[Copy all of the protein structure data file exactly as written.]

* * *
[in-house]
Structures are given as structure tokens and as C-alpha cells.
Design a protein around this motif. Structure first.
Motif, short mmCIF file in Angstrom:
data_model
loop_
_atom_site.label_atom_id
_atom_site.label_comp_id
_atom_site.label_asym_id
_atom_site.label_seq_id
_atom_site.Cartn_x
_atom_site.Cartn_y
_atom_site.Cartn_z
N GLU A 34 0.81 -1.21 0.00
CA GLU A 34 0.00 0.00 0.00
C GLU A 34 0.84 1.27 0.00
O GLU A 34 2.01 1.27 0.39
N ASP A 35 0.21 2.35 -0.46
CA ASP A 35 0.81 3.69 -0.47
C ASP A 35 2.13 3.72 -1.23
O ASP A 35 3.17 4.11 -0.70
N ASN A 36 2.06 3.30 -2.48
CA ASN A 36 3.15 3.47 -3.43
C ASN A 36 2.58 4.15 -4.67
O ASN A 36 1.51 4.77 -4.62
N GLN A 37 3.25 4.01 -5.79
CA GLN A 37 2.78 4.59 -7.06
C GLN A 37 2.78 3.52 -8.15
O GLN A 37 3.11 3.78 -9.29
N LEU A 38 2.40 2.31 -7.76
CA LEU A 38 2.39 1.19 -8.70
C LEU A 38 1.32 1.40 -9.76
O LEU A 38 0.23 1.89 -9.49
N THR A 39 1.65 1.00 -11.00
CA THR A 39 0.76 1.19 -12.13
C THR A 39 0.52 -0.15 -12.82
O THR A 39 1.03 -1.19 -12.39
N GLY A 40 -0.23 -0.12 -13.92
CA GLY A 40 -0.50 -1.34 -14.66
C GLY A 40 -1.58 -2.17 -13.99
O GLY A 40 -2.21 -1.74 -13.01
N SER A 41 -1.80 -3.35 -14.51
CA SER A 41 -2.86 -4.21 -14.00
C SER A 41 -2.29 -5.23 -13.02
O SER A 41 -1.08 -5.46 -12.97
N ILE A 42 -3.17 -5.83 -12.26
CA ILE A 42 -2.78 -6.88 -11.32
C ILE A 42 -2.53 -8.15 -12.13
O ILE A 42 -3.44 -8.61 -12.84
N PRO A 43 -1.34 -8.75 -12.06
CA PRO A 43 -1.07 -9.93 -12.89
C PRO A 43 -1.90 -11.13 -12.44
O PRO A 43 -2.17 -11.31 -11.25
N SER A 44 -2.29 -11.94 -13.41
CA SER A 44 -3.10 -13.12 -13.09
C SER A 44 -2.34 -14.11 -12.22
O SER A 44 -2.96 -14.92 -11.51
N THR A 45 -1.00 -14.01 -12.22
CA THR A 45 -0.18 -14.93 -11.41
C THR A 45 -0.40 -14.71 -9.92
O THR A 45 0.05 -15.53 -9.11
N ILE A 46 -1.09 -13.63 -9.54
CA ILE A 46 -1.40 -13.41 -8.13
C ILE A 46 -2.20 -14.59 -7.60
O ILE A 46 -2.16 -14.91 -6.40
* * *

[in-house]
Structures are given as structure tokens and as C-alpha cells.
Design a protein around this motif. Structure first.
Motif, short mmCIF file in Angstrom:
data_model
loop_
_atom_site.label_atom_id
_atom_site.label_comp_id
_atom_site.label_asym_id
_atom_site.label_seq_id
_atom_site.Cartn_x
_atom_site.Cartn_y
_atom_site.Cartn_z
N GLU A 34 0.81 -1.21 0.00
CA GLU A 34 0.00 0.00 0.00
C GLU A 34 0.84 1.27 0.00
O GLU A 34 2.01 1.27 0.39
N ASP A 35 0.21 2.35 -0.46
CA ASP A 35 0.81 3.69 -0.47
C ASP A 35 2.13 3.72 -1.23
O ASP A 35 3.17 4.11 -0.70
N ASN A 36 2.06 3.30 -2.48
CA ASN A 36 3.15 3.47 -3.43
C ASN A 36 2.58 4.15 -4.67
O ASN A 36 1.51 4.77 -4.62
N GLN A 37 3.25 4.01 -5.79
CA GLN A 37 2.78 4.59 -7.06
C GLN A 37 2.78 3.52 -8.15
O GLN A 37 3.11 3.78 -9.29
N LEU A 38 2.40 2.31 -7.76
CA LEU A 38 2.39 1.19 -8.70
C LEU A 38 1.32 1.40 -9.76
O LEU A 38 0.23 1.89 -9.49
N THR A 39 1.65 1.00 -11.00
CA THR A 39 0.76 1.19 -12.13
C THR A 39 0.52 -0.15 -12.82
O THR A 39 1.03 -1.19 -12.39
N GLY A 40 -0.23 -0.12 -13.92
CA GLY A 40 -0.50 -1.34 -14.66
C GLY A 40 -1.58 -2.17 -13.99
O GLY A 40 -2.21 -1.74 -13.01
N SER A 41 -1.80 -3.35 -14.51
CA SER A 41 -2.86 -4.21 -14.00
C SER A 41 -2.29 -5.23 -13.02
O SER A 41 -1.08 -5.46 -12.97
N ILE A 42 -3.17 -5.83 -12.26
CA ILE A 42 -2.78 -6.88 -11.32
C ILE A 42 -2.53 -8.15 -12.13
O ILE A 42 -3.44 -8.61 -12.84
N PRO A 43 -1.34 -8.75 -12.06
CA PRO A 43 -1.07 -9.93 -12.89
C PRO A 43 -1.90 -11.13 -12.44
O PRO A 43 -2.17 -11.31 -11.25
N SER A 44 -2.29 -11.94 -13.41
CA SER A 44 -3.10 -13.12 -13.09
C SER A 44 -2.34 -14.11 -12.22
O SER A 44 -2.96 -14.92 -11.51
N THR A 45 -1.00 -14.01 -12.22
CA THR A 45 -0.18 -14.93 -11.41
C THR A 45 -0.40 -14.71 -9.92
O THR A 45 0.05 -15.53 -9.11
N ILE A 46 -1.09 -13.63 -9.54
CA ILE A 46 -1.40 -13.41 -8.13
C ILE A 46 -2.20 -14.59 -7.60
O ILE A 46 -2.16 -14.91 -6.40